[trans, trahns]


verb (used with object), tranced, tranc·ing.

to put in a trance; stupefy.
to entrance; enrapture.

Origin of trance

1300–50; Middle English traunce state of extreme dread, swoon, dazed state < Middle French transe literally, passage (from life to death), derivative of transir to go across, pass over < Latin trānsīre, equivalent to trāns- trans- + īre to go
Related formstranced·ly [transt-lee, tran-sid-lee] /ˈtrænst li, ˈtræn sɪd li/, adverbtrance·like, adjective Unabridged Based on the Random House Unabridged Dictionary, © Random House, Inc. 2019

Examples from the Web for trancelike

Contemporary Examples of trancelike

  • So have you reached that trancelike state with your new novel?

    The Daily Beast logo
    A Fierce Debut

    Jennie Yabroff

    March 9, 2011

Historical Examples of trancelike

  • When the thoughts stopped coming in, the butcher was the first to come out of the trancelike state.

    The Stutterer

    R.R. Merliss

  • Twilight had not yielded to day when Odysseus awoke from his trancelike sleep, and gazed in bewilderment around him.

  • There is nothing in life more beautiful than that trancelike quiet dawn which precedes the rising of love in the soul.

    The Minister's Wooing

    Harriet Beecher Stowe

  • He looked up, and it appeared to Julie as though he were shaking off with difficulty some abnormal and trancelike state.

    Lady Rose's Daughter

    Mrs. Humphry Ward

  • Bobby Ogden, waking suddenly from his trancelike condition, leaped to his feet and ran after him.

British Dictionary definitions for trancelike



a hypnotic state resembling sleep
any mental state in which a person is unaware or apparently unaware of the environment, characterized by loss of voluntary movement, rigidity, and lack of sensitivity to external stimuli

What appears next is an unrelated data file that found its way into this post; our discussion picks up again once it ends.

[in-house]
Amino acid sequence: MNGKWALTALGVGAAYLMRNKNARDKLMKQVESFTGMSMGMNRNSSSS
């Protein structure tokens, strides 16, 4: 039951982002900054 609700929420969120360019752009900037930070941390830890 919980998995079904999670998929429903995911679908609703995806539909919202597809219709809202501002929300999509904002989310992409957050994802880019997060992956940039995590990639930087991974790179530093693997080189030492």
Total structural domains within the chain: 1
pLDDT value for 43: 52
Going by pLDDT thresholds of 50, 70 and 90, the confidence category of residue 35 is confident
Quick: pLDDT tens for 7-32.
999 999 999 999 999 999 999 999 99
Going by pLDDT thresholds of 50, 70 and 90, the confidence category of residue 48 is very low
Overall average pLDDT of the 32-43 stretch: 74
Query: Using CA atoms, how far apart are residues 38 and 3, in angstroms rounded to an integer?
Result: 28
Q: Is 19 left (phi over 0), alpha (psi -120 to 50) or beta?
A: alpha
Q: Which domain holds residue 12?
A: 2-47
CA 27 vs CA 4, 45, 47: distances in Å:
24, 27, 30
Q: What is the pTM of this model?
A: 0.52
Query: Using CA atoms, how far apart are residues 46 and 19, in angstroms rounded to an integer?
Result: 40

a dazed or stunned state
a state of ecstasy or mystic absorption so intense as to cause a temporary loss of consciousness at the earthly level
spiritualism a state in which a medium, having temporarily lost consciousness, can supposedly be controlled by an intelligence from without as a means of communication with the dead
a type of electronic dance music with repetitive rhythms, aiming at a hypnotic effect


(tr) to put into or as into a trance
Derived Formstrancelike, adjective

Word Origin for trance

C14: from Old French transe, from transir to faint, pass away, from Latin trānsīre to go over, from trans- + īre to go
Collins English Dictionary - Complete & Unabridged 2012 Digital Edition © William Collins Sons & Co. Ltd. 1979, 1986 © HarperCollins Publishers 1998, 2000, 2003, 2005, 2006, 2007, 2009, 2012

Word Origin and History for trancelike



late 14c., "state of extreme dread or suspense," also "a dazed, half-conscious or insensible condition," from Old French transe "fear of coming evil," originally "passage from life to death" (12c.), from transir "be numb with fear," originally "die, pass on," from Latin transire "cross over" (see transient). French trance in its modern sense has been reborrowed from English.

Online Etymology Dictionary, © 2010 Douglas Harper

trancelike in Medicine




An altered state of consciousness as in hypnosis, catalepsy, or ecstasy.
The American Heritage® Stedman's Medical Dictionary Copyright © 2002, 2001, 1995 by Houghton Mifflin Company. Published by Houghton Mifflin Company.